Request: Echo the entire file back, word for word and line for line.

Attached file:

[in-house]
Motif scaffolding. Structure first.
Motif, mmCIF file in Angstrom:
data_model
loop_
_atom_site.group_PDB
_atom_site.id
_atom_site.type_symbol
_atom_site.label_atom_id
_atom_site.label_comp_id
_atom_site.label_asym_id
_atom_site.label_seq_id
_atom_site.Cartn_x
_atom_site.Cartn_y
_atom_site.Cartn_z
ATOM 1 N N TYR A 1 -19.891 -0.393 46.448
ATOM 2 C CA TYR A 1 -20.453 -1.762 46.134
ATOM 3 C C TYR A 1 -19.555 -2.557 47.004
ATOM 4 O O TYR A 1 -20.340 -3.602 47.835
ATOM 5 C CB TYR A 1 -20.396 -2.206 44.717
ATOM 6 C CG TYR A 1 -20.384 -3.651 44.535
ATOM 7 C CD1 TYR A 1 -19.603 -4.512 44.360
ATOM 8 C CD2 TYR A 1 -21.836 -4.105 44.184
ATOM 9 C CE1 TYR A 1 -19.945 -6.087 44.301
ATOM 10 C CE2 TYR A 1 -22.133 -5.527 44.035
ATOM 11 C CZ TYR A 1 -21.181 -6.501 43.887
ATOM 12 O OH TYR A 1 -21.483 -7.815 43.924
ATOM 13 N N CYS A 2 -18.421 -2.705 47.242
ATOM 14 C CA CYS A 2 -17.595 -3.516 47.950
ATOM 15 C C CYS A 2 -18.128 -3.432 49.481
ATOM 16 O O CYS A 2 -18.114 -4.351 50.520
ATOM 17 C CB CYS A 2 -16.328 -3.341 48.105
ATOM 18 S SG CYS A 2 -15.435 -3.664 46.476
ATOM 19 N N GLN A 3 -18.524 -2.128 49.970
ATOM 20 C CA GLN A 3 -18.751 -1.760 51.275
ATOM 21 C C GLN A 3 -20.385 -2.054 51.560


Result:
[in-house]
Motif scaffolding. Structure first.
Motif, mmCIF file in Angstrom:
data_model
loop_
_atom_site.group_PDB
_atom_site.id
_atom_site.type_symbol
_atom_site.label_atom_id
_atom_site.label_comp_id
_atom_site.label_asym_id
_atom_site.label_seq_id
_atom_site.Cartn_x
_atom_site.Cartn_y
_atom_site.Cartn_z
ATOM 1 N N TYR A 1 -19.891 -0.393 46.448
ATOM 2 C CA TYR A 1 -20.453 -1.762 46.134
ATOM 3 C C TYR A 1 -19.555 -2.557 47.004
ATOM 4 O O TYR A 1 -20.340 -3.602 47.835
ATOM 5 C CB TYR A 1 -20.396 -2.206 44.717
ATOM 6 C CG TYR A 1 -20.384 -3.651 44.535
ATOM 7 C CD1 TYR A 1 -19.603 -4.512 44.360
ATOM 8 C CD2 TYR A 1 -21.836 -4.105 44.184
ATOM 9 C CE1 TYR A 1 -19.945 -6.087 44.301
ATOM 10 C CE2 TYR A 1 -22.133 -5.527 44.035
ATOM 11 C CZ TYR A 1 -21.181 -6.501 43.887
ATOM 12 O OH TYR A 1 -21.483 -7.815 43.924
ATOM 13 N N CYS A 2 -18.421 -2.705 47.242
ATOM 14 C CA CYS A 2 -17.595 -3.516 47.950
ATOM 15 C C CYS A 2 -18.128 -3.432 49.481
ATOM 16 O O CYS A 2 -18.114 -4.351 50.520
ATOM 17 C CB CYS A 2 -16.328 -3.341 48.105
ATOM 18 S SG CYS A 2 -15.435 -3.664 46.476
ATOM 19 N N GLN A 3 -18.524 -2.128 49.970
ATOM 20 C CA GLN A 3 -18.751 -1.760 51.275
ATOM 21 C C GLN A 3 -20.385 -2.054 51.560